Tuesday, March 30, 2010

New Water Treatment Techology

In WaterOnline, one of the newsletters I receive, there was a synopsis of an article published in Nature Nanotechnology on March 21, 2010 entitled "Direct seawater desalination by ion concentration polarization" by Sung Jae Kim, Sung Hee Ko, Kwan Hyoung Kang & Jongyoon Han.

In the Water Online Article, it describes "A new approach to desalination being developed by researchers at MIT and in Korea could lead to small, portable desalination units that could be powered by solar cells or batteries and could deliver enough fresh water to supply the needs of a family or small village. As an added bonus, the system would also remove many contaminants, viruses and bacteria at the same time."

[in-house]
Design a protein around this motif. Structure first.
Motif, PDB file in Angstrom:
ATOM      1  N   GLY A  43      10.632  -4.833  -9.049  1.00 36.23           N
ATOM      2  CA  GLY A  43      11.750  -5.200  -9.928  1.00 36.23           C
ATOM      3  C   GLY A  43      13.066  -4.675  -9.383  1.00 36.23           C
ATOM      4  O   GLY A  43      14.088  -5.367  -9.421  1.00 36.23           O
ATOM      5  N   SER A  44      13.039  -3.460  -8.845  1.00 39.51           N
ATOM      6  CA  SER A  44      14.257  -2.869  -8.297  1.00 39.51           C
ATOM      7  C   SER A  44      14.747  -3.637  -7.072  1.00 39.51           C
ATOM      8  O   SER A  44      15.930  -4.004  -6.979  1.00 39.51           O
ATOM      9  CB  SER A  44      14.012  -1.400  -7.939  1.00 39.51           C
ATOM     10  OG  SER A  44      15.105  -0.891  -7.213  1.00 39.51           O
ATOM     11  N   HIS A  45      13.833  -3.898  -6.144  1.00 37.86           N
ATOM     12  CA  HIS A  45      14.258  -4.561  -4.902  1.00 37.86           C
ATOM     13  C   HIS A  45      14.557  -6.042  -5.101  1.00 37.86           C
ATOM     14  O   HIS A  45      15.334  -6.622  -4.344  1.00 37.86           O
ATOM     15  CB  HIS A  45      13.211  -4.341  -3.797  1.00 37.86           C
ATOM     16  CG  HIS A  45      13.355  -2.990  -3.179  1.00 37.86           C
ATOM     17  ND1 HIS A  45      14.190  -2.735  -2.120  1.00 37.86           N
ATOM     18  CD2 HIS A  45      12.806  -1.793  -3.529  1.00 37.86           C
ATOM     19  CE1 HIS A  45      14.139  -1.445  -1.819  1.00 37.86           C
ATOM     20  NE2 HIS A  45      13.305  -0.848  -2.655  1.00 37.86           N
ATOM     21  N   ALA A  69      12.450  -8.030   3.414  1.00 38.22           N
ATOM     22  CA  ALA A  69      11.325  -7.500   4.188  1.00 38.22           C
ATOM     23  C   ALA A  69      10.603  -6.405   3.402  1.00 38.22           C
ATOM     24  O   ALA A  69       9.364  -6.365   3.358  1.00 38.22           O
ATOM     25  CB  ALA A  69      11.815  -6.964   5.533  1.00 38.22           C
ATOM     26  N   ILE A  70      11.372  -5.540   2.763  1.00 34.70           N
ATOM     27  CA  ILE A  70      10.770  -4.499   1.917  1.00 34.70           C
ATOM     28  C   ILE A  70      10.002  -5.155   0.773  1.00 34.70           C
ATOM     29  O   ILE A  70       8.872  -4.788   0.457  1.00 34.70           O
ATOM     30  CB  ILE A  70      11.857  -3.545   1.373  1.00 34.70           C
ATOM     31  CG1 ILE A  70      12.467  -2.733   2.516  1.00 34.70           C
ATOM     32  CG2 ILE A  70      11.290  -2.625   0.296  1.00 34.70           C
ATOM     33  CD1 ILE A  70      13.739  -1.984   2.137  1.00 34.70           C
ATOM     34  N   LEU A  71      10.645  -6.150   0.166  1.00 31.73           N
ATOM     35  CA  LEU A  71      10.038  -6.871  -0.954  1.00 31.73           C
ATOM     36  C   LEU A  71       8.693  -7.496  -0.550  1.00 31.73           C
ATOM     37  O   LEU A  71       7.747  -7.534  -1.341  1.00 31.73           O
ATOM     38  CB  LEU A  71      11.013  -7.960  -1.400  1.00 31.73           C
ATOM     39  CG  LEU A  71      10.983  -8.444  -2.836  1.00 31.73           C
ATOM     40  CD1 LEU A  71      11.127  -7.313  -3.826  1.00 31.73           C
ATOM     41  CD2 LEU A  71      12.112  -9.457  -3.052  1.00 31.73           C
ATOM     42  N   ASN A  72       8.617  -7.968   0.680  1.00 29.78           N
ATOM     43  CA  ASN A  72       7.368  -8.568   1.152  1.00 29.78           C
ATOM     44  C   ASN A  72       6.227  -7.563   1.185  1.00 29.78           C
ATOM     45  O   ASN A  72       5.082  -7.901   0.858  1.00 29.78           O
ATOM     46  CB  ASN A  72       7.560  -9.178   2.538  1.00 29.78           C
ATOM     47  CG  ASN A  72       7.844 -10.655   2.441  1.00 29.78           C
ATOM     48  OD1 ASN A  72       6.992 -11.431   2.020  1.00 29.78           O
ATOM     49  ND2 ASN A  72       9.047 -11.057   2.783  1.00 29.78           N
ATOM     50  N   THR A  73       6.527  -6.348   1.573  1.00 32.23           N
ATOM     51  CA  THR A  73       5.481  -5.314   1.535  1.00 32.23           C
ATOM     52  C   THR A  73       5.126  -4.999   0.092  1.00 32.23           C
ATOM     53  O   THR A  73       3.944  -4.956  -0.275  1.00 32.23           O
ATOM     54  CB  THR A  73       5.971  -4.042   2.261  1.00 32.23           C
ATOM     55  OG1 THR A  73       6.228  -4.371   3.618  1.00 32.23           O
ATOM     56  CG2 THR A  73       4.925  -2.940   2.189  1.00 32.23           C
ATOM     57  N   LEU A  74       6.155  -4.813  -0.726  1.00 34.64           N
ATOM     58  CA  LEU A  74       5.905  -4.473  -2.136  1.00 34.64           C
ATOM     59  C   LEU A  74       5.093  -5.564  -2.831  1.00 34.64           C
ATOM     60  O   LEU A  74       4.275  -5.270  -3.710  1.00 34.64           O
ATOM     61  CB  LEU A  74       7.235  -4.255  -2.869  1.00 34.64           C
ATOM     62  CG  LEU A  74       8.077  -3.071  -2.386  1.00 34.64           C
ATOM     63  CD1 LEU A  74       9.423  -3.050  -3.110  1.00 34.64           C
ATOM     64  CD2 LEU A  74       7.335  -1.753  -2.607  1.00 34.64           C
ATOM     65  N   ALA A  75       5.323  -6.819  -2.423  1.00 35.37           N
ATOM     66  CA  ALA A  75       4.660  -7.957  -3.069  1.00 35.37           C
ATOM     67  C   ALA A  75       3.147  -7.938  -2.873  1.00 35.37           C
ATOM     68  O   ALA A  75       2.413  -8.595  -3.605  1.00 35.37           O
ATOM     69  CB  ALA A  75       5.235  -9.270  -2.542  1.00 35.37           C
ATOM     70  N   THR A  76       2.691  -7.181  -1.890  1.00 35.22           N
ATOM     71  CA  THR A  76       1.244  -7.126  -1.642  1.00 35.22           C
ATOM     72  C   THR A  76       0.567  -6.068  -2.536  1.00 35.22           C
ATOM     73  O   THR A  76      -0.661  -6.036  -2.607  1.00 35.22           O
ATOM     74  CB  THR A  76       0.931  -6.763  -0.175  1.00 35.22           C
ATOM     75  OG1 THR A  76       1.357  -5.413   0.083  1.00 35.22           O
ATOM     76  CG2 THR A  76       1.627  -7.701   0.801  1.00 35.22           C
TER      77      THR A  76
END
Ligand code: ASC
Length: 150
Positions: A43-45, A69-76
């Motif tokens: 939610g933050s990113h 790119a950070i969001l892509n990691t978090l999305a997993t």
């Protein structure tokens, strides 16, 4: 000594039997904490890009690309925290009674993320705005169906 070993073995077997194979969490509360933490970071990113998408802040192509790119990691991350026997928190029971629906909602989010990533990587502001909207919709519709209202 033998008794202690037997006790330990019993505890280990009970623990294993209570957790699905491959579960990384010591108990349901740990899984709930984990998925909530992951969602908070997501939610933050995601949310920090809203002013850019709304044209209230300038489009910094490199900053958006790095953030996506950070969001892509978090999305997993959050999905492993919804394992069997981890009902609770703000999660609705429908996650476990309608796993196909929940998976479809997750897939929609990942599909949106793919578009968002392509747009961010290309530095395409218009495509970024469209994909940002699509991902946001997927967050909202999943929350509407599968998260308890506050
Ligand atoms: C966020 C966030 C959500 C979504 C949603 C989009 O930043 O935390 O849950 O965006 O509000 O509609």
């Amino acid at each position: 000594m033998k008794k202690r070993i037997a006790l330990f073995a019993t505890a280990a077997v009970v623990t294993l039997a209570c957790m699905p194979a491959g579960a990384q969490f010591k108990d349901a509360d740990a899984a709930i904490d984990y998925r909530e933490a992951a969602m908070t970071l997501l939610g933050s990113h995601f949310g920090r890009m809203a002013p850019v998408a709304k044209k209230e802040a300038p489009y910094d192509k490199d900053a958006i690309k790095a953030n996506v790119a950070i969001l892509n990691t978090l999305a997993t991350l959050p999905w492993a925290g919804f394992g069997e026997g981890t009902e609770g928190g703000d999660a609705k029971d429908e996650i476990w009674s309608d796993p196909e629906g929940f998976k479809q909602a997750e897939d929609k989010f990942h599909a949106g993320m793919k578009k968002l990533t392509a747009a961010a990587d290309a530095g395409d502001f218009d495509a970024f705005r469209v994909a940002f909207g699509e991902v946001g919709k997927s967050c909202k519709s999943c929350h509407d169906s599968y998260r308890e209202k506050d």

In the actual abstract of article in Nature Nantechnology, it states "A shortage of fresh water is one of the acute challenges facing the world today. An energy-efficient approach to converting sea water into fresh water could be of substantial benefit, but current desalination methods require high power consumption and operating costs or large-scale infrastructures, which make them difficult to implement in resource-limited settings or in disaster scenarios... Rather than competing with larger desalination plants, the method could be used to make small- or medium-scale systems, with the possibility of battery-powered operation."

In the "Next Big Future Blog", there are some excellent drawings extracted from the journal depicting how the process works.

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